[lin_video src=http://eplayer.clipsyndicate.com/embed/player.js?aspect_ratio=16x9&auto_next=1&auto_start=0&div_id=videoplayer-1369872164&height=480&page_count=5&pf_id=9624&show_title=1&va_id=4076970&width=640&windows=2 service=syndicaster width=640 height=480 div_id=videoplayer-1369872164 type=script]BIRMINGHAM, Ala. (WIAT) — Baseball: it’s America’s favorite pastime, and what better place to play than in America’s oldest ballpark?
The 18th Annual Rickwood Classic was held on May 29, 2013 at Birmingham’s historic Rickwood Field.
Although the year is 2013, those at Rickwood may have had to do a double take.
Fans wore their best 1940’s attire.
The Birmingham Barons took on the Tennessee Smokies in retro uniforms, but the best flashbacks came through the memories of the negro league players in attendance.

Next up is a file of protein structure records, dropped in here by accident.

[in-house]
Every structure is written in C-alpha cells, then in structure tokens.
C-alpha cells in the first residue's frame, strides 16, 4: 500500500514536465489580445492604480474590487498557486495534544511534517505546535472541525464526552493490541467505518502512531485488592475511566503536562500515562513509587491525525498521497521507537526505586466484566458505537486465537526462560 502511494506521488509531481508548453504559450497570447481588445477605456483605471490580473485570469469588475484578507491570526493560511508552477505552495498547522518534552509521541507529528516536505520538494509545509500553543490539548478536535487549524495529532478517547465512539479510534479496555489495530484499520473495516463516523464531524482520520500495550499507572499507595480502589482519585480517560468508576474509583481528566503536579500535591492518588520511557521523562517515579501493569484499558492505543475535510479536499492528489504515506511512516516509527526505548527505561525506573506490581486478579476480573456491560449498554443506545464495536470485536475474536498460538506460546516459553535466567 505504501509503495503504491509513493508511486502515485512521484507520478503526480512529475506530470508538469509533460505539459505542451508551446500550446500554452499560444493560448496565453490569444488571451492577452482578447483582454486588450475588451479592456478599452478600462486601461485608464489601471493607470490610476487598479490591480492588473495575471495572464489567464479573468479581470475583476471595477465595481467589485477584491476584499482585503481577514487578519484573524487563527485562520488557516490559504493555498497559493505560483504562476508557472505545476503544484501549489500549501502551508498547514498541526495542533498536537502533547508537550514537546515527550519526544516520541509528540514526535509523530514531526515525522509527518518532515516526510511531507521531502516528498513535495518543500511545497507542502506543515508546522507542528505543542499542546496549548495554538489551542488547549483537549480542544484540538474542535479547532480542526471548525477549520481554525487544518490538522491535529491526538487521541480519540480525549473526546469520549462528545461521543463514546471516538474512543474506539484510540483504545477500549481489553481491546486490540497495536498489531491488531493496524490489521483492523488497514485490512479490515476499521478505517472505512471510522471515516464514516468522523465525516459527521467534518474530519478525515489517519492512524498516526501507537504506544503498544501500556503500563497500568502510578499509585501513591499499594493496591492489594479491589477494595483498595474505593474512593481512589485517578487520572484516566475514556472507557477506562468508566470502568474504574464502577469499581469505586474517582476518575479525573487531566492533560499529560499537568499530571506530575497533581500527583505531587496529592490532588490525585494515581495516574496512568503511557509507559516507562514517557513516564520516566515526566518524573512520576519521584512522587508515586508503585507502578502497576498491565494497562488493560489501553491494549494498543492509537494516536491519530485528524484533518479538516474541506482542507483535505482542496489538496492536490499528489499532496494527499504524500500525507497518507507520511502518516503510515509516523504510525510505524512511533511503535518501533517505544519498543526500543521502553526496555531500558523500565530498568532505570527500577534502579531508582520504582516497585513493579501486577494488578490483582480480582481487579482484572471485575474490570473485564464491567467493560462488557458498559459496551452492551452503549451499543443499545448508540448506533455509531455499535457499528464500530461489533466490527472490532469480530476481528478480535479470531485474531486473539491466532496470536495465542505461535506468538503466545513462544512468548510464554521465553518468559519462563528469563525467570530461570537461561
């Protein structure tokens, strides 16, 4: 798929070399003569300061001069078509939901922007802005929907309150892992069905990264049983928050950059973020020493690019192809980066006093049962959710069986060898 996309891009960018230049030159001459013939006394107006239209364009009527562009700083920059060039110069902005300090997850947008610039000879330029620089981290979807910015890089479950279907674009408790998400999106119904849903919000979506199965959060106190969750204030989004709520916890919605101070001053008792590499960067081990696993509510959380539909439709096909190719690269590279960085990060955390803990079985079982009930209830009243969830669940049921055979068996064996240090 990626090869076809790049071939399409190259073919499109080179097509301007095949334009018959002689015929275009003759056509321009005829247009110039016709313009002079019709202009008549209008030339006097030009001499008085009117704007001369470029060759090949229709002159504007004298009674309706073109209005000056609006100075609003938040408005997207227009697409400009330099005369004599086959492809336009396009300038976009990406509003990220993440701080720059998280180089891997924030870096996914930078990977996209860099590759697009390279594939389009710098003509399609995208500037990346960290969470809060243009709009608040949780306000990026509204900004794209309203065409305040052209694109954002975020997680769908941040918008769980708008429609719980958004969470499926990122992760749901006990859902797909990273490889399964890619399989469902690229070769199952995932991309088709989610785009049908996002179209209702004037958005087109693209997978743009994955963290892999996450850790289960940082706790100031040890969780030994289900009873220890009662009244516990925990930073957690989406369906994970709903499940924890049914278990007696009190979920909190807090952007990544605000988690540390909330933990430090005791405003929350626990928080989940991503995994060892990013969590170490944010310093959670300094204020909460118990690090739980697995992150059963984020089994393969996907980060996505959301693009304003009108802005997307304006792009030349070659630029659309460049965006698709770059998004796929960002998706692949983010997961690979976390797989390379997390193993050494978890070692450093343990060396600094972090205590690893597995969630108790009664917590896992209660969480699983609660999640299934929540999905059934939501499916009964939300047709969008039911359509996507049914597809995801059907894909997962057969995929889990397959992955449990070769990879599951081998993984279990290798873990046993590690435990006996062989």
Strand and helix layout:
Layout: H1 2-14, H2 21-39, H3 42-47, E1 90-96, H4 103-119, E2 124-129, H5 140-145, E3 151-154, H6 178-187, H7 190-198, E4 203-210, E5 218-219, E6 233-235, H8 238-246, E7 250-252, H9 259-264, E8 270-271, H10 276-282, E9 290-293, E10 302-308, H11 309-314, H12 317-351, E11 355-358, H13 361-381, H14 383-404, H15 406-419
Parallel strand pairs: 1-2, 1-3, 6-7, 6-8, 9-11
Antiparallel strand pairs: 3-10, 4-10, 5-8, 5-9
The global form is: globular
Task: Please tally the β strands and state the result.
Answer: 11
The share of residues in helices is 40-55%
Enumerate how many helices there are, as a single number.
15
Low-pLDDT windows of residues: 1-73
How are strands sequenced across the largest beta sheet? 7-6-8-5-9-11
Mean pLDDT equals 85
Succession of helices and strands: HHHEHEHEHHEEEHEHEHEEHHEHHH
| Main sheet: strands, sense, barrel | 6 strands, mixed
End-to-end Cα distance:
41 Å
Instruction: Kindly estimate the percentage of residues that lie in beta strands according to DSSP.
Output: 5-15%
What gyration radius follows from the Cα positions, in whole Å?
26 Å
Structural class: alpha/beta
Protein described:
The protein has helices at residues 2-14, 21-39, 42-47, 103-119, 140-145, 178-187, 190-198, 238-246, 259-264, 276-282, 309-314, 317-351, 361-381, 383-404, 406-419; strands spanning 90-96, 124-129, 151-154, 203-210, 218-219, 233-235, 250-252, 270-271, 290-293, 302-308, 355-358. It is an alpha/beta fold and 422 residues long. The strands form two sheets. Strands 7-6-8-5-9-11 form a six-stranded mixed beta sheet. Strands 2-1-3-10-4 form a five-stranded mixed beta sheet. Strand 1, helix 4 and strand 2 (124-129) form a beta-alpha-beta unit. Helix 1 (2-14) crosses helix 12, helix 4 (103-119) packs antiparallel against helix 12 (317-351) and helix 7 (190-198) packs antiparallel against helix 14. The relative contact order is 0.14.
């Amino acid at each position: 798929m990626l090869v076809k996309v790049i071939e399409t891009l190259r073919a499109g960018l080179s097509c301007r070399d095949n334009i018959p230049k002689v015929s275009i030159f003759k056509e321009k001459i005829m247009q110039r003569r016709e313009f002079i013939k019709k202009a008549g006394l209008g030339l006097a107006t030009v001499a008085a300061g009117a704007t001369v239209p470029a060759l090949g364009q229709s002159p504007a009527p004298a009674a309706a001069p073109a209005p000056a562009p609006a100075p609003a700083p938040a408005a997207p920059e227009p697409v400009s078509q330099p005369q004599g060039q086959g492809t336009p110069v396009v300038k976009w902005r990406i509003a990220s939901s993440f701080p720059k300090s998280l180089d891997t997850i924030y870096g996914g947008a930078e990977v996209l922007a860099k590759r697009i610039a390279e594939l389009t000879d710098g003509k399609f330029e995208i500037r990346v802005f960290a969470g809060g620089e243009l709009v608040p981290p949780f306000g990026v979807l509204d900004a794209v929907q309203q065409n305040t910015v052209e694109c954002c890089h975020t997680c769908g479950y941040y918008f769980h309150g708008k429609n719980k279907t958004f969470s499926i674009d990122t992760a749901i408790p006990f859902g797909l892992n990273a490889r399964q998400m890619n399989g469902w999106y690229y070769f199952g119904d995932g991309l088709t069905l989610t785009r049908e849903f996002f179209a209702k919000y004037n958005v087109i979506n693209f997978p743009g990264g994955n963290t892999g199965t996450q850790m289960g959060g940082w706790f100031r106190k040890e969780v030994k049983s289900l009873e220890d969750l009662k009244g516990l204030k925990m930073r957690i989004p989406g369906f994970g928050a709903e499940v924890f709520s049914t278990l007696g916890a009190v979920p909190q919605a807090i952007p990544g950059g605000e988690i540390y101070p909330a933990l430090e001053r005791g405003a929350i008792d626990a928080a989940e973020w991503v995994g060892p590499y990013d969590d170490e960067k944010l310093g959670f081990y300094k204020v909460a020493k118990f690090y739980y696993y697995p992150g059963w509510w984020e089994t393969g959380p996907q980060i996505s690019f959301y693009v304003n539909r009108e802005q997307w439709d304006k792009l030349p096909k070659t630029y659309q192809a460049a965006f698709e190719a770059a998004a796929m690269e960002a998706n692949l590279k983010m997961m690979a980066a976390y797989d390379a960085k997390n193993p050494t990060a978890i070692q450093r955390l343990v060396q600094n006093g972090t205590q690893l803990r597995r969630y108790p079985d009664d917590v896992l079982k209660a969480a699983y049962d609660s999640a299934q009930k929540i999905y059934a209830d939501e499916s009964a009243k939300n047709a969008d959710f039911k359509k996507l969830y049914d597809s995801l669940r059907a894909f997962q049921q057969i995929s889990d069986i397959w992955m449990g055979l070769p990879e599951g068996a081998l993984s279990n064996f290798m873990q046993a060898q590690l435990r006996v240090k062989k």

“My batting average was .320,” Oliver Sonfergeson recalled.
He played for the Birmingham Black Barons in 1938. He never misses the Rickwood Classic.
“I’m enjoying it here, all of these people here, coming from all parts of the country like it was when I was playing baseball, I enjoyed that,” he said.
As Tommy Hays, who played for the Memphis Red Sox, sat in the stands he couldn’t help but think back to his days behind home plate. He was a catcher.
“It feels good to me, I played a whole lot of games in this park. It makes me feel like I want to play again. I just enjoyed going [to games], every time staying weeks at a time, playing baseball every night and day, ride on the bus all night, it was just really fun to me,” he said.
Fun for many, and life changing for all. They broke the mold, and without them, Rickwood Field might have simply been, just another ballpark.